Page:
RSV cases on the rise in Lancaster County

RSV cases in Lancaster County are on the rise and doctors are spreading the word on preventative measures.
Published: Oct. 25, 2022 at 10:48 PM CDT
Email This Link
Share on Pinterest
Share on LinkedIn

LINCOLN, Neb. (KOLN) - A common illness has parents and doctors on edge. It’s called Respiratory Synchical Virus or RSV and it has Nebraska doctors bracing for a possible trifecta of illnesses this sick season - RSV, COVID, and the flu.

“We think that’s probably due to those who weren’t exposed to it in years past because of all the great social distancing and masking,” Dr. Michael Schooff at CHI Health said. “And all those fun things we were doing, because of COVID in the past.”

Dr. Schooff said the typical RSV season starts in November but according to the Lincoln-Lancaster County Health Department, cases have been steadily on the rise since late August. This month in the county, the department has seen 147 cases so far - a much higher number compared to September’s total of 65.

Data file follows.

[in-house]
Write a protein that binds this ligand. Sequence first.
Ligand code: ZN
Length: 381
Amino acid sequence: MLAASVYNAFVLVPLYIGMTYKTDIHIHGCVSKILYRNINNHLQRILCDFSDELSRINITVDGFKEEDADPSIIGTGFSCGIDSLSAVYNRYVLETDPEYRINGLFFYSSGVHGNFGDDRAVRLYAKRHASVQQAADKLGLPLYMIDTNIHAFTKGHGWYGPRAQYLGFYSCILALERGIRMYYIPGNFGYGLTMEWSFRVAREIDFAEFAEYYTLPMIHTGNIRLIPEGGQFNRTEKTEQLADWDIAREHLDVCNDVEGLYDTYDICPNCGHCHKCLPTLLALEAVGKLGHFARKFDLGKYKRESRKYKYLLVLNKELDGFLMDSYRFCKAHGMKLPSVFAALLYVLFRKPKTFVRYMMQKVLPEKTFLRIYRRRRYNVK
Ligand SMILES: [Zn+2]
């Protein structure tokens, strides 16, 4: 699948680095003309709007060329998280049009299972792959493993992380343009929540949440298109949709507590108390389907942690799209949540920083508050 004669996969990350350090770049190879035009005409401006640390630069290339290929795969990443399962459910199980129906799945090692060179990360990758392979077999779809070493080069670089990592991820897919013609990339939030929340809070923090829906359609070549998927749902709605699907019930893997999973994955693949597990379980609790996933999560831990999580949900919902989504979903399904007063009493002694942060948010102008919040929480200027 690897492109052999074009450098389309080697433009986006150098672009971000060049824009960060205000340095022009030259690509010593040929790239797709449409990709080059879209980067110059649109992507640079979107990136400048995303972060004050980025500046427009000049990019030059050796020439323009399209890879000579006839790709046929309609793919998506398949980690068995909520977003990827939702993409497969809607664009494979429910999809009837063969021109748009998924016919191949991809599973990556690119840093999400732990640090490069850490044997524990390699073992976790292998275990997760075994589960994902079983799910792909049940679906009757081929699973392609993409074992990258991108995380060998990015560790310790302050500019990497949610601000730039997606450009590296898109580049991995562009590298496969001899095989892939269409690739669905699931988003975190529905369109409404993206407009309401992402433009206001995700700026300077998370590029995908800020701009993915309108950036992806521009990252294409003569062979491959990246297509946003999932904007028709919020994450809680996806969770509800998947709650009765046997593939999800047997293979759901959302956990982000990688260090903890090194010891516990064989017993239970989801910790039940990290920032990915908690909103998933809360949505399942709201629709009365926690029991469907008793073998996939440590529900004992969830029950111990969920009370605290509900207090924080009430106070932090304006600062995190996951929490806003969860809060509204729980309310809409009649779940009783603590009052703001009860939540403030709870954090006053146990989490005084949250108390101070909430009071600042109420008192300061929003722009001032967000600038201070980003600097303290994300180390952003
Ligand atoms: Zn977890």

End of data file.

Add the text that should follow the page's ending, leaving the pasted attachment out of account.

“This is not something unique right now to Lancaster County,” Communicable Disease Supervisor Tim Timmons with LLCHD said. “It’s being seen in the state of Nebraska as a whole and nationally, as well.”

Children under three are at a greater risk of serious illness. The concern is that early cases of RSV, a likely early flu season, and COVID could all cause a strain on hospitals.

“We do have increased in hospitalizations of children with these respiratory illnesses, RSV, and others. It’s not to the point of overwhelming the hospital system now,” Dr. Schooff said. “But certainly one of the things we worry about would be the trifecta of infections getting to us during this fall and winter season.”

RSV symptoms include coughing, a runny nose or difficulty breathing. But for parents, it can be difficult to spot the difference between viruses.

“The only way to know would be to see your physician and get the child tested,” Schooff said.

There currently isn’t a vaccine for RSV but health officials urge anyone six months or older to get their flu and COVID vaccine.